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Ravinia Neighbors Association Blog

Welcome to RNA’s Blog Page which features articles from Ravinia writers. Although articles are chosen in accordance with topics we feel are relevant to Ravinia and of possible interest to our readers, RNA does not necessarily endorse the opinions put forth in the blog posts. If you would like to comment on any articles put forth in the blogs, please use the comment box that follows each post.

The Face of Preservation

Tuesday, May 01, 2012

By Jeff Stern

For some "painted ladies" and other historic structures, Highland Park's hero is Elliott Miller, of Ravinia, whose passion is to rescue architectural treasures from being crushed by the wrecker's ball.

Armed with photographs and documentation relating to the architects and builders of particularly significant houses, Miller has made it his mission to speak up for them at hearings of the Historic Preservation Commission or meetings of the Highland Park City Council, where property owners or developers may seek permission for demolition.

Painstaking research has enabled Miller to make convincing arguments for preserving such gems as the Sheridan Road home William Boyington built for Palmer Montgomery in 1892, A. G. Becker's 17-acre lakefront estate, designed by Howard Van Doren Shaw and landscaped by Jens Jensen, and a George Maher house, which all stand today largely as testaments to Miller's efforts.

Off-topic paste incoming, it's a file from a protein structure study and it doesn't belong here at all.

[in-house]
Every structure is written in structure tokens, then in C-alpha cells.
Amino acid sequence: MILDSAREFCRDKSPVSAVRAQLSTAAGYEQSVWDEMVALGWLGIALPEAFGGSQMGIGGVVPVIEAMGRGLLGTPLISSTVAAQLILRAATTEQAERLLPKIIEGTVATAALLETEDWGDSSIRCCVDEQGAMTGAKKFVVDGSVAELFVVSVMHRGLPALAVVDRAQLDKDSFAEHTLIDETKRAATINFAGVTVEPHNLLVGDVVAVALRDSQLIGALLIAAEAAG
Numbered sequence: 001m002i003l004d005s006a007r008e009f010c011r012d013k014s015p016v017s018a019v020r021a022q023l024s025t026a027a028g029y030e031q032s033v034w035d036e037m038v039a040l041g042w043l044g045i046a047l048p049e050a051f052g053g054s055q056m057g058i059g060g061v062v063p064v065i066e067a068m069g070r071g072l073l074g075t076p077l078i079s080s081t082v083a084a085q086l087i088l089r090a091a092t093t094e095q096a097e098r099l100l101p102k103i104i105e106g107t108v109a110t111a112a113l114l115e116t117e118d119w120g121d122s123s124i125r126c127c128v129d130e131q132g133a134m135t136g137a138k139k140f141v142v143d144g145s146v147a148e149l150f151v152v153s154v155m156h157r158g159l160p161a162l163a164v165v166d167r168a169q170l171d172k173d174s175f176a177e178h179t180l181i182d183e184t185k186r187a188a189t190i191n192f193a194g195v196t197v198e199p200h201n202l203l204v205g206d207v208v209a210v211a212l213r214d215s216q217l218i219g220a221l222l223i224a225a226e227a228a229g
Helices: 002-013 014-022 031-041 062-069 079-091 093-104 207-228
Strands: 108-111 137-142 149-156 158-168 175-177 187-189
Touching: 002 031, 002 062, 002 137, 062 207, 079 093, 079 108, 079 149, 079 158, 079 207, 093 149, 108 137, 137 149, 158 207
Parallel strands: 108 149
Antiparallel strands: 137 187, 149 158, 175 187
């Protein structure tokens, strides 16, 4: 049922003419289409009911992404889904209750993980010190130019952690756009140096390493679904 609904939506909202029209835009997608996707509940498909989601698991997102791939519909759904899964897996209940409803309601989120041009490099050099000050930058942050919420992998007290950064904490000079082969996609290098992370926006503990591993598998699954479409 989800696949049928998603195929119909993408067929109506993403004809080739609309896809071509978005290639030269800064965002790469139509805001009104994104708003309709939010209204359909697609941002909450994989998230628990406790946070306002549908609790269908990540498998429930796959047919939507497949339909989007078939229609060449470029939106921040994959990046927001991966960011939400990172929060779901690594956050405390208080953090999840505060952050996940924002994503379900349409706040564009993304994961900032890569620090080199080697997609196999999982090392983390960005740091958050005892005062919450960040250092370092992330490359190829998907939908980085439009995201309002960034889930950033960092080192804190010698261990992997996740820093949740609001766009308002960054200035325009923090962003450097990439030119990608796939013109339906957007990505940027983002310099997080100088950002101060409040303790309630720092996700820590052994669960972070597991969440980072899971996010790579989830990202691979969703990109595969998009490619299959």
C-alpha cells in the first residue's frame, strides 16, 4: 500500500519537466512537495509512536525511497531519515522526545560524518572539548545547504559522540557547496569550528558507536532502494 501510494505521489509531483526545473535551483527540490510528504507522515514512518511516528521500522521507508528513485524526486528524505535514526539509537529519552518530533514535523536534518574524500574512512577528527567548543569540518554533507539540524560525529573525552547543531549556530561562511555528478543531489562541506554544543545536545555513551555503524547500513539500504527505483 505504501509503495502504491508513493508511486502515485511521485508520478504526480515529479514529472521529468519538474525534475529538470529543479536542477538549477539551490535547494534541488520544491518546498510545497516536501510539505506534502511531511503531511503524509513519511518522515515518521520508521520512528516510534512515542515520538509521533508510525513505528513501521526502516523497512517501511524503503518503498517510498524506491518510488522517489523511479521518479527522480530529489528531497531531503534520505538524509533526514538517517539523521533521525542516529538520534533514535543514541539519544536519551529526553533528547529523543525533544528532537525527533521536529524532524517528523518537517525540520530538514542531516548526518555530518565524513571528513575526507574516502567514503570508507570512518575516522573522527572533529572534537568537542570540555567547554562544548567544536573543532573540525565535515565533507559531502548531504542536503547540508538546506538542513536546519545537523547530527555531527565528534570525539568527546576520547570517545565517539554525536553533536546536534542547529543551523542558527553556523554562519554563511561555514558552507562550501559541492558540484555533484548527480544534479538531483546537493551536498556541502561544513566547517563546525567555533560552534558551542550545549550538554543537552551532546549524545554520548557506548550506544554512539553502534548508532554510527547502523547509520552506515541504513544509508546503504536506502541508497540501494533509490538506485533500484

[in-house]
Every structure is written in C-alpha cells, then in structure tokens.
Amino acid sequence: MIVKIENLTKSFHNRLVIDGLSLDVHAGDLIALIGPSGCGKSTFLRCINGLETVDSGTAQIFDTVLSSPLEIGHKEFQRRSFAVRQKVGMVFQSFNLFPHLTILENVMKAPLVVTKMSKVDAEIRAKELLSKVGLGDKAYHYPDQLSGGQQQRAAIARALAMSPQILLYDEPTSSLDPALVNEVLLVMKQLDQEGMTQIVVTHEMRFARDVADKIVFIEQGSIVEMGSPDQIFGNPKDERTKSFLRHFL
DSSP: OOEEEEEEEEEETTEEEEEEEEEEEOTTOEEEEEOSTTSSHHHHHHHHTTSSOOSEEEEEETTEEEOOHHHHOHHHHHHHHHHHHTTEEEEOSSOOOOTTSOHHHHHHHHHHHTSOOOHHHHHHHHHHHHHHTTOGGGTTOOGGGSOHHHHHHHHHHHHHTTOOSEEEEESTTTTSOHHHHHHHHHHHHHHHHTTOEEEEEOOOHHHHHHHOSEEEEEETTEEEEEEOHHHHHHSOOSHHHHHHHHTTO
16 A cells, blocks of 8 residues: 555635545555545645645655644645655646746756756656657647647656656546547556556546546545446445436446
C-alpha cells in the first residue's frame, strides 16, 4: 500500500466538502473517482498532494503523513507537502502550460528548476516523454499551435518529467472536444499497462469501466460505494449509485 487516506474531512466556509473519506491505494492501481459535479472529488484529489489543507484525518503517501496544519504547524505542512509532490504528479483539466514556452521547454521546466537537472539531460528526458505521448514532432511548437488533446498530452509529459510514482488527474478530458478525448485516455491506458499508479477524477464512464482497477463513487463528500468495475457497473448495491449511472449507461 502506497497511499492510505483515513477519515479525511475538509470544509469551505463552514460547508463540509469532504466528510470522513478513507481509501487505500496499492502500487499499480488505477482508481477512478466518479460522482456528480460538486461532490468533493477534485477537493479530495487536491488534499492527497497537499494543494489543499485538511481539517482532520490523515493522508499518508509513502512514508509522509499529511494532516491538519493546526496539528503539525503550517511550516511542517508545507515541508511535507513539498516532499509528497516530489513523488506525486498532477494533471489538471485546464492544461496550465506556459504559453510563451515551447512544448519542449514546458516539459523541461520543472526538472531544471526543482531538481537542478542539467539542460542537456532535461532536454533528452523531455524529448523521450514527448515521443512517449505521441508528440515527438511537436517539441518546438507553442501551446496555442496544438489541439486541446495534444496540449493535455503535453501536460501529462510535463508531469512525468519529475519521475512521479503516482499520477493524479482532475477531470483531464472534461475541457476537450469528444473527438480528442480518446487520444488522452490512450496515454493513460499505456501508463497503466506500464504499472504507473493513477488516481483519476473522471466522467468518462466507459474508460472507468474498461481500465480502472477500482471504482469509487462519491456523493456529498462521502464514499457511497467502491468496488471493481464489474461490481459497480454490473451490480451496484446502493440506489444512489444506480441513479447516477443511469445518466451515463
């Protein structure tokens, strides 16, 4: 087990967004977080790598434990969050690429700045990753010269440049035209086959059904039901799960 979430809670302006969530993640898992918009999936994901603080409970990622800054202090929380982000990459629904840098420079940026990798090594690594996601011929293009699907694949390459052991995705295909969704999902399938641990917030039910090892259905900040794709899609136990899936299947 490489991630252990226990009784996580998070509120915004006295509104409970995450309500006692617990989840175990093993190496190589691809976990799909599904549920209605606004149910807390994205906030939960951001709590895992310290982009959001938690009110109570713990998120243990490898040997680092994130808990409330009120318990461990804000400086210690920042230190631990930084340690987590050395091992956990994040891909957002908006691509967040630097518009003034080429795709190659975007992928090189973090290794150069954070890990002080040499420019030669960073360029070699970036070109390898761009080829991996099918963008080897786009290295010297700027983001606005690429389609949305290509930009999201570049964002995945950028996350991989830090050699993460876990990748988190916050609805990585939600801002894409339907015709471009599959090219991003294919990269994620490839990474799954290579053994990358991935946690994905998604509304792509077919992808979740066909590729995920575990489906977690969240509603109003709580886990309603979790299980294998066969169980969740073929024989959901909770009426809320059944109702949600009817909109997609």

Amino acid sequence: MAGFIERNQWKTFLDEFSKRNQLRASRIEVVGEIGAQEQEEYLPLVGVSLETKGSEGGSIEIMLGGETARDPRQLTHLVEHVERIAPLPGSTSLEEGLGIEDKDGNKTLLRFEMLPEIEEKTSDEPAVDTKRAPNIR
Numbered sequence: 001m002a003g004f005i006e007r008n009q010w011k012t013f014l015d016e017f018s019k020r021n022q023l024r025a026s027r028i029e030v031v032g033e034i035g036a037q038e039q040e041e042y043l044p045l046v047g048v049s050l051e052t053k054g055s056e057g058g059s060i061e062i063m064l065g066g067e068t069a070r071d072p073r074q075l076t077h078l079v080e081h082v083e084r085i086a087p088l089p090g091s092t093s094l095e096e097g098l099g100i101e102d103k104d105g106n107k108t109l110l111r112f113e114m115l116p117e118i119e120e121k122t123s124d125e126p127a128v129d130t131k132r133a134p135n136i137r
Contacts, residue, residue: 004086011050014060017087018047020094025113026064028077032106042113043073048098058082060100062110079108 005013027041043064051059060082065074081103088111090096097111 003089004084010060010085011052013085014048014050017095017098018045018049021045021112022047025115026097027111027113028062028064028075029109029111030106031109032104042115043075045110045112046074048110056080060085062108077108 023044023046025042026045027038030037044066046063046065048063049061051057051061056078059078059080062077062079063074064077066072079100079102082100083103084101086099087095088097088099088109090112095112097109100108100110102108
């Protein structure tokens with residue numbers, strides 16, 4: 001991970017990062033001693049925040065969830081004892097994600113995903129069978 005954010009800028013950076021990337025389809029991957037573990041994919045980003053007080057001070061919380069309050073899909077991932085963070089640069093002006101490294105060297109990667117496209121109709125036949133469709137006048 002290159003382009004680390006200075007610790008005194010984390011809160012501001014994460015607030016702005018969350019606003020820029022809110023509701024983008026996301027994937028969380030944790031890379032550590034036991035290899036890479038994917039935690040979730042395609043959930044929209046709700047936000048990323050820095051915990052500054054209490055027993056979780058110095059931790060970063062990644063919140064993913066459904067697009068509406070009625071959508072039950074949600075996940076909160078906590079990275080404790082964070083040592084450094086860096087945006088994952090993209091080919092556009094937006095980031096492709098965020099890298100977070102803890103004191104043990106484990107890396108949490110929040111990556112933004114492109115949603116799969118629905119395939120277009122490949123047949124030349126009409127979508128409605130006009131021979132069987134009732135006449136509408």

As a technical writer with degrees in anthropology and archeology, Miller comes by his interests naturally. Born in Baltimore, he read books on dinosaurs as a boy and once aspired to be a museum curator. His interest in local history was spurred by his 1986 move into a Dean Avenue home that was landscaped by onetime neighbor Jens Jensen.

Looking around other parts of the neighborhood, Miller became enamored of the homes of artists and musicians who established a colony in the area. Like visitors who sometimes appreciate local culture more than the people who were raised there, Miller felt that for the community to maintain its ambiance, greater effort was needed to preserve its architectural and horticultural treasures.

Miller's interest in historic buildings and history in general were heightened by his studies at the University of Chicago's Oriental Institute and as an intern at the Field Museum, where he became intrigued by archeological field work. He put this background to good use as a consultant and developer of archeological and ethnology exhibits at the Spertus Museum of Chicago and in Highland Park.

Besides writing journal articles and exhibit catalogs, Miller has served as a board member and newsletter editor of the Friends of Jens Jensen, a group that highlights the work of Ravinia's illustrious landscape architect. He also helped develop programs of more local interest, such as an exhibit celebrating the centennial of Ravinia School, which all three of his sons attended.

Miller served eight years as a member and one term as chairman of the Historic Preservation Commission and five years on the board and one term as president of the Highland Park Historical Society. A Ravinia stalwart for a quarter century, Elliott Miller is the go-to authority on historic preservation in Highland Park.